When two vectors are drawn on a plane, addition or subtraction of the two vectors can be shown graphically. When adding, a line that is parallel to vector A is drawn from the end point of vector B. After the same is done to vector A, then the intersection of both constructed segments represents the quantities of the summed vectors. The summed vector can then be drawn from the origin to the point of intersection. The complete structure forms a parallelogram structure; hence, the name of the method is parallelogram law of addition of vectors. Figure 1. Vector A is in orange and vector B is in green. The origin is represented as a black dot and by the symbol O. The parallel lines drawn are dotted with their intersection being signified by another black dot. The summed vector is the vector represented by the black arrow.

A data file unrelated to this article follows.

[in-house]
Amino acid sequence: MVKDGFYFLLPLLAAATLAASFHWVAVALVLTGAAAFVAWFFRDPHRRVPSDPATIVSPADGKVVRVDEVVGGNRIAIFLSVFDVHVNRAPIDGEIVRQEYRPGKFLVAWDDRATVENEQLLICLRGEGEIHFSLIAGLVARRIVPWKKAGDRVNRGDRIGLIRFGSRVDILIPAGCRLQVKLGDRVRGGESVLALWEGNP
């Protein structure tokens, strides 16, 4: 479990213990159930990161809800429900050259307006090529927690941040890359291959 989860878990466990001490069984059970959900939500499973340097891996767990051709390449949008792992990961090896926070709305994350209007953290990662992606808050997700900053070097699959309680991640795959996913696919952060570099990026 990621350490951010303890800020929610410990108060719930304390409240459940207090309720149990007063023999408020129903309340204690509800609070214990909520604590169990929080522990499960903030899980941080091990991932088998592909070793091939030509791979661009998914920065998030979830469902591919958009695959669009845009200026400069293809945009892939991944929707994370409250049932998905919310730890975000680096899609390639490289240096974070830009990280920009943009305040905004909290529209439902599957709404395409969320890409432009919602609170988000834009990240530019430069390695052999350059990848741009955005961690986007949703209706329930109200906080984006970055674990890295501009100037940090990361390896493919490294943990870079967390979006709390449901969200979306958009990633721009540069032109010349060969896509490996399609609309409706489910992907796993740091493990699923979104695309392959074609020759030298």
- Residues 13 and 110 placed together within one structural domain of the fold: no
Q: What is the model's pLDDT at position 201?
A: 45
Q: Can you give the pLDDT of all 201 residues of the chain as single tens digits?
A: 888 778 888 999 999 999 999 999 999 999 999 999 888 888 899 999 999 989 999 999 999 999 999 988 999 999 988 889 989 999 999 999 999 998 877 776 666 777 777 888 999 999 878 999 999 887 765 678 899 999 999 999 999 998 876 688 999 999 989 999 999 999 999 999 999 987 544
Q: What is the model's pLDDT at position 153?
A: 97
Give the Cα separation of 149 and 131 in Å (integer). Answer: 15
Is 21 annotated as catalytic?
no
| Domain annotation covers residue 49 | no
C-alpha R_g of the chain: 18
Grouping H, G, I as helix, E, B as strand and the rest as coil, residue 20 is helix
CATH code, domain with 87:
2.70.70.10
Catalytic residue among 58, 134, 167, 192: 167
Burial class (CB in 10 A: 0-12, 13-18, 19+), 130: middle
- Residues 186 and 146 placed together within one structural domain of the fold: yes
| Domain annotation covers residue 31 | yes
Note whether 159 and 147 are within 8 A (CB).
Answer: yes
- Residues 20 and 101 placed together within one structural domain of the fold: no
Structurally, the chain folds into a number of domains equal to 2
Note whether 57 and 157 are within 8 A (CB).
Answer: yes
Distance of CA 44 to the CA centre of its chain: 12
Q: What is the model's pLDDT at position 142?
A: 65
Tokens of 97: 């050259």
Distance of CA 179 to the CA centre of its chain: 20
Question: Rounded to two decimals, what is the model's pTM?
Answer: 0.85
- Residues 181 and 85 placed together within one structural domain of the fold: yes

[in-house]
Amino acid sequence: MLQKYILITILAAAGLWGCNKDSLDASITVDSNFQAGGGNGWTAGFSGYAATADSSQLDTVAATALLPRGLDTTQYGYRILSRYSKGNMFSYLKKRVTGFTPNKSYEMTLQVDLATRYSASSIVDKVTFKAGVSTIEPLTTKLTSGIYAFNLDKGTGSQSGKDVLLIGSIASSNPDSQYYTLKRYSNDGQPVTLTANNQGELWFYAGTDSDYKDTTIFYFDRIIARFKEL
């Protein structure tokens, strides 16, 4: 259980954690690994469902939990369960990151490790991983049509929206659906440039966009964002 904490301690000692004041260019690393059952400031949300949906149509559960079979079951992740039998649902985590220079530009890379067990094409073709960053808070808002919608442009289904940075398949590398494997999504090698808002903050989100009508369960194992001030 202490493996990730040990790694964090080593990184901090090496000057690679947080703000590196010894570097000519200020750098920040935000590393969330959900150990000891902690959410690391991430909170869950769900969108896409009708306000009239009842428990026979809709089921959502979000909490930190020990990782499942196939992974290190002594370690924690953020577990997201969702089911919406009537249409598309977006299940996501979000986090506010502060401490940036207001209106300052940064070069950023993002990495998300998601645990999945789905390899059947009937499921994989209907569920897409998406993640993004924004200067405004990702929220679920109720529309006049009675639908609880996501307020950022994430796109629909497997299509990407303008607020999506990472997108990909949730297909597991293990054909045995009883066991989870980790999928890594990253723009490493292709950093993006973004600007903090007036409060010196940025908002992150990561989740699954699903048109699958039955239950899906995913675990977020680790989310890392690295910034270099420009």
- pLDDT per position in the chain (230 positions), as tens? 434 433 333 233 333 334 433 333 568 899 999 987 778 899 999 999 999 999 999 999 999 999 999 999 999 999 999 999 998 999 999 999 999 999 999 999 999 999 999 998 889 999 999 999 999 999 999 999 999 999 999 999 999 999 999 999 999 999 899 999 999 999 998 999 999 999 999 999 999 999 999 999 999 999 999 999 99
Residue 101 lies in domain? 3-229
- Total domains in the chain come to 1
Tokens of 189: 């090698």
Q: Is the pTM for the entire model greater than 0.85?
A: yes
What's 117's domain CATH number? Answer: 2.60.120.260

For subtraction, the coordinate plane parallelogram structure can also be made to create a visual representation. The difference is seen in the subtlety that A-B = A + (-B). The opposite of a vector is the same as rotating it 180º about the origin or finding the opposites of the x and y coordinates.

#### Representations of Matrices in 2-D and 3-D

If exact coordinates are known, then the addition and subtraction can also be represented by matrix addition and subtraction. If vector A has coordinates of (3,4) and vector B has coordinates of (2,1), then A + B = Vectors with three values can be represented by 3-D space. A value for x, y, and z. While a parallelogram figure cannot be constructed, 3 × 1 matrices can be used. A vector with coordinates of (3,4,5) and another of (6,7,8) can be added as shown below.

#### Coulomb’s Law